If you did not document it, it did not happen, or you didn’t do it. How many times have we all heard this, said this, thought this throughout a shift over our nursing careers? Whether it is a part of an assessment or even making sure vitals are transcribed from that napkin or sheet of paper in your pocket, all of this information is important to provide a complete picture of your patient’s condition.
These are the pieces of the story that show where the patient began during this admission and whether they are trending towards improvement. But how can data continuity be established when the patient has to be transferred to a higher level of care from the ER or the med-surg environment? How can we, as nurses, be sure that we have the most complete data? Historically, a common approach has been to take a set of vitals prior to hooking up your patient to the transport monitor and then taking a quick set of vitals when you arrive at your patient’s new destination. If it is not broke, why fix it?
Perhaps a consideration to “fixing it” is research that identified, “Of 184 transports observed (164 patients), 85 (46.2%) were associated with mishaps. Eighty-two mishaps were patient-related (44.5%). Oxygen desaturation (30 cases), agitation (24 cases) and hemodynamic instability (15 cases) were predominant. One case of cardiac arrest and 3 cases of accidental extubation occurred during intra-hospital transport (IHT). Seventy-three systems-based mishaps were noted (39.6%). Emergency transports, mechanical ventilation and positive end-expiratory pressure (PEEP) ≥ 6 cmH2O were independent risk factors for a higher rate of mishaps. Reported in a 2015 study, complications did not statistically increase ventilator-associated pneumonia.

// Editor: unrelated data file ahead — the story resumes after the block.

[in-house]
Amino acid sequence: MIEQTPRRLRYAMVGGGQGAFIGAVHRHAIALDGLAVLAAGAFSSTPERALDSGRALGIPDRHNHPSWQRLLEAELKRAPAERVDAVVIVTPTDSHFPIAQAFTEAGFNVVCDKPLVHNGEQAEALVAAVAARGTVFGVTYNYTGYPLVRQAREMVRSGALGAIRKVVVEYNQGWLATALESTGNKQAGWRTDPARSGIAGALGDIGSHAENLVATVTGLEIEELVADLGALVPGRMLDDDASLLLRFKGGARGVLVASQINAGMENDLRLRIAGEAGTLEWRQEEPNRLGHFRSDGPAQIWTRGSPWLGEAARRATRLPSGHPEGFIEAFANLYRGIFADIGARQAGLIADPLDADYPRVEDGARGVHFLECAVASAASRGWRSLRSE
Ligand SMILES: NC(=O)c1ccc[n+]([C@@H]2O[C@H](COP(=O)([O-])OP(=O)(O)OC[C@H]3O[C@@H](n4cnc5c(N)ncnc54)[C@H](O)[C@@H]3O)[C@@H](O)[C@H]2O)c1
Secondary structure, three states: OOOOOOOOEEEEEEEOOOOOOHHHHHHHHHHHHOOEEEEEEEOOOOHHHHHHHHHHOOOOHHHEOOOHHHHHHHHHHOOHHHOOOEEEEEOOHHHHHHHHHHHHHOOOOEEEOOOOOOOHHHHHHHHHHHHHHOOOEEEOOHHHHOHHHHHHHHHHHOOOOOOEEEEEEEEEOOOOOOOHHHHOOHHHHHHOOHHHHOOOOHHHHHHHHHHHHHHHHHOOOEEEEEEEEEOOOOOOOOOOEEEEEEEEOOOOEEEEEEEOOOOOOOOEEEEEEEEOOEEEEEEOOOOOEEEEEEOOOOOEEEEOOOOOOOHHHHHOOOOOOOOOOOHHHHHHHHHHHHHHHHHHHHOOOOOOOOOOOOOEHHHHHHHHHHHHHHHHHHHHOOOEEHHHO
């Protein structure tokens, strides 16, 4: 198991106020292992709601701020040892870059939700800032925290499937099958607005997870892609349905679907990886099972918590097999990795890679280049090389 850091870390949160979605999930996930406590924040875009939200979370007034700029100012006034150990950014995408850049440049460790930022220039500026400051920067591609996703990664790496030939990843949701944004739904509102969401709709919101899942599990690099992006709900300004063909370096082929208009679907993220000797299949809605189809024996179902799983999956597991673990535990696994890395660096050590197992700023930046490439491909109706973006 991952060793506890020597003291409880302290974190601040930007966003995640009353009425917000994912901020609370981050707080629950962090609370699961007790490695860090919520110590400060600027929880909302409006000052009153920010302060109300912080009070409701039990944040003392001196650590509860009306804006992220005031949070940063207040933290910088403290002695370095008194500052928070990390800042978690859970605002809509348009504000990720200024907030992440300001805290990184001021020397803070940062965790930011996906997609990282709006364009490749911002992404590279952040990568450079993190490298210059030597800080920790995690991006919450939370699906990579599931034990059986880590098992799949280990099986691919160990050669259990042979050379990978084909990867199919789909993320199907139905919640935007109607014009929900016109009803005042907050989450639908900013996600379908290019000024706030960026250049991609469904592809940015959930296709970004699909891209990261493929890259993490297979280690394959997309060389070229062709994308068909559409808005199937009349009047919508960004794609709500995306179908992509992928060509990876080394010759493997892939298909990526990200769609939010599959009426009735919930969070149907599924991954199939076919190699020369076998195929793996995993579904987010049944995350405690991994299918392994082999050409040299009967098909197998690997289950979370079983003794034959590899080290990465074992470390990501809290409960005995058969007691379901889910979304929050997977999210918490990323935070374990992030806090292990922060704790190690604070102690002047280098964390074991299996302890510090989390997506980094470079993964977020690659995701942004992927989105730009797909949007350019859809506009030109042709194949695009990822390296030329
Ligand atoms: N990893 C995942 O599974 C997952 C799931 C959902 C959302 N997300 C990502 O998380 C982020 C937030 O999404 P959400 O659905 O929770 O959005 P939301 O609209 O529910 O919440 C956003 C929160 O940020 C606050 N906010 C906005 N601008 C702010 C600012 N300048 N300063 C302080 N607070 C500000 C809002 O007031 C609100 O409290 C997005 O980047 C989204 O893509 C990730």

Have you ever found yourself in one of the above-mentioned scenarios with your patient while transporting them? If you have, the immediate priority is patient stabilization, and sometimes documentation can fall by the wayside. Thus, there persists a gap in the data. What happened to that patient’s vitals from the time you left for the transport and when they began to decompensate? Maybe in the back of your mind you are thinking, how can we learn from this? How can we feed this kind of data in real time to a research data base? OK, let’s be honest, in that moment, you’re not thinking about the research database, but after the fact, it pops into your mind. As nurses, we always ask ourselves what we could have done differently, better. How can we take what was learned in this situation and apply it to other patients because we are our patients’ advocates? It’s who we are at our core.
Capsule’s medical device integration solution contributes to data completeness at the point of care, during transport and then, of course, when the patient reaches her next location. Capsule Integration, leveraging the capabilities of the Medical Device Integration Platform (MDIP) can simultaneously send any or all the data to downstream systems, which might include a research database. The data is timestamped for an accurate timeline for both real-time documentation in the EHR and research.
Clinicians have many priorities and demands placed on them, especially when transporting patients across the hospital. Utilizing the Capsule Integration and MDIP transport capabilities allows clinicians to focus on the most important aspect of their work – their patients – all while confidently knowing that all the device data is being documented to ensure there are no gaps in the data.
To learn more about the vendor-neutral interoperability solutions of the Capsule Medical Device Information Platform, please contact us.
Halley Herndon, RN, is senior clinical consultant; Cathleen Olguin, MBA, BSN, RN, CNOR is senior clinical solutions executive; and Teresa Soman, MBA, PMP is director of product management at Capsule Technologies.